141. Progress of Doctrines. These were the ends aimed at-human responsibility and dignity were to be annihilated; the throne of the descendants of Fatima was to be surrounded with an army of assassins, a formidable body-guard; a mysterious militia was to be raised, that should spread far and wide the fame and terror of the caliphate of Cairo, and inflict fatal blows on the abhorred rule of Bagdad. The missionaries spread widely, and in Arabia and Syria partisans were won to whom the designs of the order were unknown, but who had with fearful solemnity sworn blind obedience. The nocturnal labours of the Lodge of Cairo lasted a century; and its doctrines, which ended with denying all truth, morality, and justice, necessarily produced something very extraordinary. So terrible a shock to the human conscience led to one of those phenomena that leave a sanguinary and indelible trace on the page of history.
It remains to be noticed that Hakem Biamrillah, the founder of the sect of the Druses (157), was originally a member of the Lodge of Cairo.1
1 The Mahdists have come to the front again in the present troubles in the Sudan. But according to the Times correspondent (5th June 1896), their power is at an end. Abdullah el Taaisha, who called himself the Khalifa of the Mahdi, now styles himself the Sultan of the Sudan, but his followers seem decreasing, and as they no longer form a secret society, their doings do not enter into the scope of this work.
142. Foundation of Order.—Only Arabia and Syria could have been the theatre of the dismal deeds of the Old Man, or rather Lord of the Mountain. Hassan Sabbah was one of the days or missionaries of the School of Cairo, a man of adventurous spirit, who, having greatly distinguished himself, acquired much influence at Cairo. This influence, however, excited the envy of others, who succeeded in having him exiled. He had been put on board a ship to take him out of the country, but a storm arising, all considered themselves lost. But Hassan, assuming an authoritative air, exclaimed, “The Lord has promised me that no evil shall befall me." Suddenly the storm abated, and the sailors cried, “A miracle !” and became his followers. Hassan traversed Persia, preaching and making proselytes, and having seized the fortress of Alamut (1090), on the borders of Irak, and Dilem, which he called the “House of Fortune," he there established his rule.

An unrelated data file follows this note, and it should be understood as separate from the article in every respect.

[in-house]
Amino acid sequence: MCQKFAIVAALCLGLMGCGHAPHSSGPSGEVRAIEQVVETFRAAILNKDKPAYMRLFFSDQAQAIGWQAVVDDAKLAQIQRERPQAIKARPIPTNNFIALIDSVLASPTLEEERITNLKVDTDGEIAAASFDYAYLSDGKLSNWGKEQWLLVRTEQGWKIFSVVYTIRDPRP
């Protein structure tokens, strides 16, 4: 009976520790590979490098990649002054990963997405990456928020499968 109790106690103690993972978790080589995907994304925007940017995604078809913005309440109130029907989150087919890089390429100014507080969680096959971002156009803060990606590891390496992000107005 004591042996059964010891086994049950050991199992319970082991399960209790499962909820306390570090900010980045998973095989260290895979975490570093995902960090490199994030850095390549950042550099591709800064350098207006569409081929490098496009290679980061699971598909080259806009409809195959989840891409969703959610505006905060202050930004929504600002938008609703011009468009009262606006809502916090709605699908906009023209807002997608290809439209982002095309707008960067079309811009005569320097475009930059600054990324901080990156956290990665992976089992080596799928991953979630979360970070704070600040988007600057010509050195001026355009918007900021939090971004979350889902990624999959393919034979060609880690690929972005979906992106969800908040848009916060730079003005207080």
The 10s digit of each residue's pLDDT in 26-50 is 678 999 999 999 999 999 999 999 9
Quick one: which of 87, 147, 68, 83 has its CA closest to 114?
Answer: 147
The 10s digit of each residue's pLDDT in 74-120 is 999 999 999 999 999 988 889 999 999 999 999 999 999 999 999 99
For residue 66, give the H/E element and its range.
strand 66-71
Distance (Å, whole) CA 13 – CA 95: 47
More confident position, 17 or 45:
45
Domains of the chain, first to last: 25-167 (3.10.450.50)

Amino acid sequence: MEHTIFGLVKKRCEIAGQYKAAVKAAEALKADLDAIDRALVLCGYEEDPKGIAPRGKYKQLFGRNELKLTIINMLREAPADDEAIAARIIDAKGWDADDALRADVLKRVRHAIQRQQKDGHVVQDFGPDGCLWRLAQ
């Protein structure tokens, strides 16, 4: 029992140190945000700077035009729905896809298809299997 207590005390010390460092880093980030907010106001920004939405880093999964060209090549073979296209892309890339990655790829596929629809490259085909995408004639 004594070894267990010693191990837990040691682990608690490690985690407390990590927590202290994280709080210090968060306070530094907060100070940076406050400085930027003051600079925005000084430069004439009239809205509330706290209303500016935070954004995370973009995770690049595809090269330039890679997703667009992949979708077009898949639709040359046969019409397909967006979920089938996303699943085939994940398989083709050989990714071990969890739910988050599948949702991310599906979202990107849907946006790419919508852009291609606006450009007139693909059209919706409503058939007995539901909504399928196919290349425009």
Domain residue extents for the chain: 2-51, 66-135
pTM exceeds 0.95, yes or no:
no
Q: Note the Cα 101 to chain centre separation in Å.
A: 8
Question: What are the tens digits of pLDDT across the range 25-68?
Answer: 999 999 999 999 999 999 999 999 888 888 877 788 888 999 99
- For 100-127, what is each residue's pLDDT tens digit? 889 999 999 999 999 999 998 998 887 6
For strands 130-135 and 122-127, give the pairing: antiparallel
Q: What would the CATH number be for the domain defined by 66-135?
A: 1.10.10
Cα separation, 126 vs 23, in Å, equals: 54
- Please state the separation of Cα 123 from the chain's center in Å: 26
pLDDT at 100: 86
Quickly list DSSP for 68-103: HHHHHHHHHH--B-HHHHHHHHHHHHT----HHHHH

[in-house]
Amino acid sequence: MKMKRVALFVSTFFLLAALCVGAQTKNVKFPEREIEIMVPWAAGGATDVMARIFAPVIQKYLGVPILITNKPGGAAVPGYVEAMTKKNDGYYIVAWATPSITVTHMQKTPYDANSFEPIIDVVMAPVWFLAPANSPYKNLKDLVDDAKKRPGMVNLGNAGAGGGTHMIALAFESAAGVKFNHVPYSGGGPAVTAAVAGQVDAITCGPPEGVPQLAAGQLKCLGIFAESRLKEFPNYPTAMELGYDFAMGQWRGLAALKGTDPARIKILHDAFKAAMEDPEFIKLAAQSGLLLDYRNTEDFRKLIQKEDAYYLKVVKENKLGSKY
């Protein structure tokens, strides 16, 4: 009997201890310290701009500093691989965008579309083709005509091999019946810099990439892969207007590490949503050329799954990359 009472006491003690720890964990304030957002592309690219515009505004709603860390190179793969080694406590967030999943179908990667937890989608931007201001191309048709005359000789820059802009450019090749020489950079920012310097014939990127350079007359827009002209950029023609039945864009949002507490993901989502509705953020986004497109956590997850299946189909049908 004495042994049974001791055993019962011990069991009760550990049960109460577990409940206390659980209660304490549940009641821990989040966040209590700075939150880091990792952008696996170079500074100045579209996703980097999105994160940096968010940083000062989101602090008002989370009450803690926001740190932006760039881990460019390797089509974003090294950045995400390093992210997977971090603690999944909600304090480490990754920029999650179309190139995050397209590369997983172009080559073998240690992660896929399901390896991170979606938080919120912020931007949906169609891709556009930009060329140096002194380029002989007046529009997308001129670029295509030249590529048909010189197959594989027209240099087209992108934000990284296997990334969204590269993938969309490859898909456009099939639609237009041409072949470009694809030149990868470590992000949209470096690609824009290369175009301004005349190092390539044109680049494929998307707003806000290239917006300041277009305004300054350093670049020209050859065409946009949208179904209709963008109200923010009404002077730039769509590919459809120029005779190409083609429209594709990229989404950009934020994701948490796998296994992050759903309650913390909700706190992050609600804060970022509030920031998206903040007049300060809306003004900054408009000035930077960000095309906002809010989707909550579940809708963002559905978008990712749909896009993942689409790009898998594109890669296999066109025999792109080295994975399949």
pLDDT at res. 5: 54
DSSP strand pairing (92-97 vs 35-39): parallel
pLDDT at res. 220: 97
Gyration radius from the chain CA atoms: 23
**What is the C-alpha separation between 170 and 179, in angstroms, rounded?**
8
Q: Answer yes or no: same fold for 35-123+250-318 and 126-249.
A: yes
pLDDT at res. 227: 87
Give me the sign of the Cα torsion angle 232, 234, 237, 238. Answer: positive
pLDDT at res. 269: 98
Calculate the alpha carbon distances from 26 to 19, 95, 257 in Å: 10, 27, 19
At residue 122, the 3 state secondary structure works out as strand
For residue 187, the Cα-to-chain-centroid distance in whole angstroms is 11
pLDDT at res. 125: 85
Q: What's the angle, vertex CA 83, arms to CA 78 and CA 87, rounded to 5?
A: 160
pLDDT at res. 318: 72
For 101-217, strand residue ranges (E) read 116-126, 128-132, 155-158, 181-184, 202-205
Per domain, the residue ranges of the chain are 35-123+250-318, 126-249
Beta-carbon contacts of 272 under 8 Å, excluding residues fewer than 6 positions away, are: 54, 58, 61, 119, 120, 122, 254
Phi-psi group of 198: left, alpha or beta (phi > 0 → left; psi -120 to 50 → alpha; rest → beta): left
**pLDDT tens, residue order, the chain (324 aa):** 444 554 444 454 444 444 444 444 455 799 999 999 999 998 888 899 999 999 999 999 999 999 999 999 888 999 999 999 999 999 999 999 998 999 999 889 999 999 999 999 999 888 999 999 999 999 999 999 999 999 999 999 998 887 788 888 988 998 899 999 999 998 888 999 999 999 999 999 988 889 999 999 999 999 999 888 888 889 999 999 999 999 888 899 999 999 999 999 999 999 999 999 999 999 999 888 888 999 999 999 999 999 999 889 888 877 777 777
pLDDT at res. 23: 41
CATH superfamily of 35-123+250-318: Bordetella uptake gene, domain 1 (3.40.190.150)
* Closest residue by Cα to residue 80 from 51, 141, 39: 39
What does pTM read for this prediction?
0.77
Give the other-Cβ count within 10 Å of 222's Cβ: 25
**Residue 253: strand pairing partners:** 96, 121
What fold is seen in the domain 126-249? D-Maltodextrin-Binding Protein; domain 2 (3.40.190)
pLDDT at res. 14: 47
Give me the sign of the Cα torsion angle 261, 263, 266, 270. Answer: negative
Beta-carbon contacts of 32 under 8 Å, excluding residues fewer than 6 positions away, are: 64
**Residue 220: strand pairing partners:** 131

143. Influence of Hassan.—What kind of rule ? The history of his time is full of his name. Kings in the very centre of Europe trembled at it; his powerful arm reached everywhere. Philip Augustus of France was so afraid of him that he dared not stir without his guard around him ; and perhaps the otherwise implacable Lord of the Mountain forgave him because of his fear. At first he showed no other intention but to increase the sway of the caliphate of Cairo, but was not long before throwing of the mask, because his fierce character submitted with difficulty to cunning and hypocrisy. He reduced the nine degrees into which the adherents of the Lodge of Cairo were divided to seven, placing himself at the head, with the title of Seydna or Sidna, whence the Spanish Cid, and the Italian Signore. The term Assassins is a corruption of Hashishim, derived from hashish (the hemp plant), with which the chief intoxi
cated his followers when they entered on some desperate enterprise.
144. Degrees of the Order.—To regulate the seven degrees he composed the Catechism of the Order. The first degree recommended to the missionary attentively to watch the disposition of the candidate, before admitting him to the order. The second impressed it upon him to gain the confidence of the candidate, by flattering his inclinations and passions; the third, to involve him in doubts and difficulties by showing him the absurdity of the Koran; the fourth, to exact from him a solemn oath of fidelity and obedience, with a promise to lay his doubts before his instructor; and the fifth, to show him that the most famous men of Church and State belonged to the secret order. The sixth, called “Confirmation,” enjoined on the instructor to examine the proselyte concerning the whole preceding course, and firmly to establish him in it. The seventh, finally, called the Exposition of the Allegory,” gave the keys of the sect.
145. Devotion of Followers. The followers were divided into two great hosts, “self-sacrificers” and “aspirants." The first, despising fatigues, dangers, and tortures, joyfully gave their lives whenever it pleased the great master, who required them either to protect himself or to carry out his mandates of death. The victim having been pointed out, the faithful, clothed in a white tunic with a red sash, the colours of innocence and blood, went on their mission, without being deterred by distance or danger. Having found the person they sought, they awaited the favourable moment for slaying him, and their daggers seldom missed their aim. Conrad of Montferrat, having quarrelled with Raschid-addin, the then Lord of the Mountain, and also caused a number of Musulman prisoners, brought from Tyre, to be massacred, Saladin induced Raschid-addin to kill Conrad. Richard Coeur-de-Lion was long accused of having instigated the murder. Two Assassins allowed themselves to be baptized, and placing themselves beside him, seemed only intent on praying; but the favourable opportunity presenting itself, they slew him, and one of them took refuge in a church. But hearing that the prince had been carried off still alive, he again forced his way into Montferrat's presence, and
This, at least, is the usual derivation. But it is doubtful, for hashish was not taken by the Assassins only, but by all Eastern nations. Possibly the word is derived from the Arab hass, meaning to destroy, kill. The Jew Benjamin, who wrote in 1173, when speaking of the sect, says their name is derived from asasa, 'to lay snares.'